Last week, the U.S. Census released its annual estimates of population change in each of the nation’s counties for the year between July 1, 2012 and July 1 2013. The results are fascinating.
This map shows the total net population change, adjusted by 2012 population for each U.S. county:
Population change within counties comes from three sources: natural change — total births minus total deaths, domestic migration — people moving from one county to another, and international migration — people moving to and from other countries.
University of New Hampshire sociologist and demographer Kenneth Johnson wrote in an email to Business Insider that in many counties, natural change is at a historic low:
With fewer births and record deaths, there were not sufficient births to offset deaths in 993 counties (31.6%). Natural decrease (more deaths than births) is more prevalent now because births are diminishing and deaths are on the rise. Nearly 40 per cent of the nation’s rural counties had more deaths than births last year compared to 18% of the urban counties. This year deaths exceeded births in two entire states. More people died than were born in Maine for the second year in a row and West Virginia again had more deaths than births as it has for a number of years.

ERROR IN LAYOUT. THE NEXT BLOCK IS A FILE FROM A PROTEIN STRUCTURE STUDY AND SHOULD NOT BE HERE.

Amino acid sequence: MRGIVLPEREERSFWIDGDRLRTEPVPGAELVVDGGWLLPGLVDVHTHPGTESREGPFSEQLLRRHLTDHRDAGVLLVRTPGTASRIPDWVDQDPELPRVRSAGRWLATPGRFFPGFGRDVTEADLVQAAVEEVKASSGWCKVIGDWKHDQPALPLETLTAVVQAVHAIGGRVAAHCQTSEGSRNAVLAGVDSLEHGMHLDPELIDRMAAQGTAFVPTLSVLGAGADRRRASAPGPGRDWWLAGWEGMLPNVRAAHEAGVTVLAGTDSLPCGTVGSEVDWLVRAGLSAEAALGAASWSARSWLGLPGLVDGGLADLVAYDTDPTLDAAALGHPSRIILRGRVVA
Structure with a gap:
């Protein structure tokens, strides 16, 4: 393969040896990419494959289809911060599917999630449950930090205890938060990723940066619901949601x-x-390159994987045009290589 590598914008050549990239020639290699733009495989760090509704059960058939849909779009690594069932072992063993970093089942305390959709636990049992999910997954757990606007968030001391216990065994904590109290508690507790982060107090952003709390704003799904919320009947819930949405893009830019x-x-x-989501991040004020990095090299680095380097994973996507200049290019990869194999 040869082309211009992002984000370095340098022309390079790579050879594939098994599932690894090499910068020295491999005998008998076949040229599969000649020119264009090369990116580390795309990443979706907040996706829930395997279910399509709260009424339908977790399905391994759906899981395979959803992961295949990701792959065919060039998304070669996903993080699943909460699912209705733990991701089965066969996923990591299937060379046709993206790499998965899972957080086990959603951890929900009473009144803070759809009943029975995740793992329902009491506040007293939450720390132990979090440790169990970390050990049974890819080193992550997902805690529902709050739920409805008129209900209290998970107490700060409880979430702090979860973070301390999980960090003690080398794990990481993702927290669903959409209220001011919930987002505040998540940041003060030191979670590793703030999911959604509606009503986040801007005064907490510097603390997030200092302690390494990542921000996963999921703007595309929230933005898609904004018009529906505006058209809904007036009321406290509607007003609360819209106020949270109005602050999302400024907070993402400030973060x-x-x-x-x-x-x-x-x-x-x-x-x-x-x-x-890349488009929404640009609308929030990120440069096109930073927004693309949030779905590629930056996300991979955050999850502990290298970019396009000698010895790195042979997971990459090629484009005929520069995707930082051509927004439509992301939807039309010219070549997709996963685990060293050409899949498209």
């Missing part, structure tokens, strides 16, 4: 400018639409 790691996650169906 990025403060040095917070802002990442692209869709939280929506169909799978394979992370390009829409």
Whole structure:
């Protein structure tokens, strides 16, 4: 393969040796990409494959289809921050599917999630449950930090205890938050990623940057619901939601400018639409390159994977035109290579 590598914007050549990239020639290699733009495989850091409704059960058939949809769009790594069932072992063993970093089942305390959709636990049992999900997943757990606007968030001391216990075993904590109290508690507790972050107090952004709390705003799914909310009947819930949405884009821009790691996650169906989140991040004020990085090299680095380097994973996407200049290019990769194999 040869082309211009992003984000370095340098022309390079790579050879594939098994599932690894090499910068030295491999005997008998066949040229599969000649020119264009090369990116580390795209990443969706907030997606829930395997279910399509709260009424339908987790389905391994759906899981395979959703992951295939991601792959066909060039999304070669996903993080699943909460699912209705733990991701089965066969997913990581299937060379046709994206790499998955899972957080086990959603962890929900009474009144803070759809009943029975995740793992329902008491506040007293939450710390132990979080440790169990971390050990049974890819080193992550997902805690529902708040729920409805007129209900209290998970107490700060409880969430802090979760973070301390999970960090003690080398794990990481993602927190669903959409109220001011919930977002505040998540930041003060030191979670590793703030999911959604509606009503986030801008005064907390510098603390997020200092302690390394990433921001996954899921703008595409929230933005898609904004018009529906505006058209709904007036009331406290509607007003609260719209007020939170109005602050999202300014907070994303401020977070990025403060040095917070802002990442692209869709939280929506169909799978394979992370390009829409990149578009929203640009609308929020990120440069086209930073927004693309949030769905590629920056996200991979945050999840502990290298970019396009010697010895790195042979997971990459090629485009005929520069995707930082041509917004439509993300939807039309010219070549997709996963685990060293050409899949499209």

Here’s a map showing natural population change from births and deaths. A large part of Appalachia saw a natural decline — more deaths than births — while most counties in the West and Alaska saw well more births than deaths.
Professor Johnson also noted that domestic migration is on the rise, and that much of this migration is from urban counties to more far-flung suburbs: “The higher levels of domestic migration are consistent with trends during the 2000s, when suburban areas gained domestic migrants from the older urban cores. They may suggest that the recession’s effect on migration is finally beginning to wane.”
Here is a map of domestic migration — population change from people moving between counties. It’s important to note that this map just shows the total change between July 2012 and July 2013, and doesn’t tell us anything about who is moving or which counties are sending people where.
The last component of population change is net international migration — immigrants from other countries moving to a county, minus Americans emigrating to other countries. International migration is most concentrated on the coasts and Florida, and very few counties saw any appreciable net emigration.
We also looked at net international migration in cities here.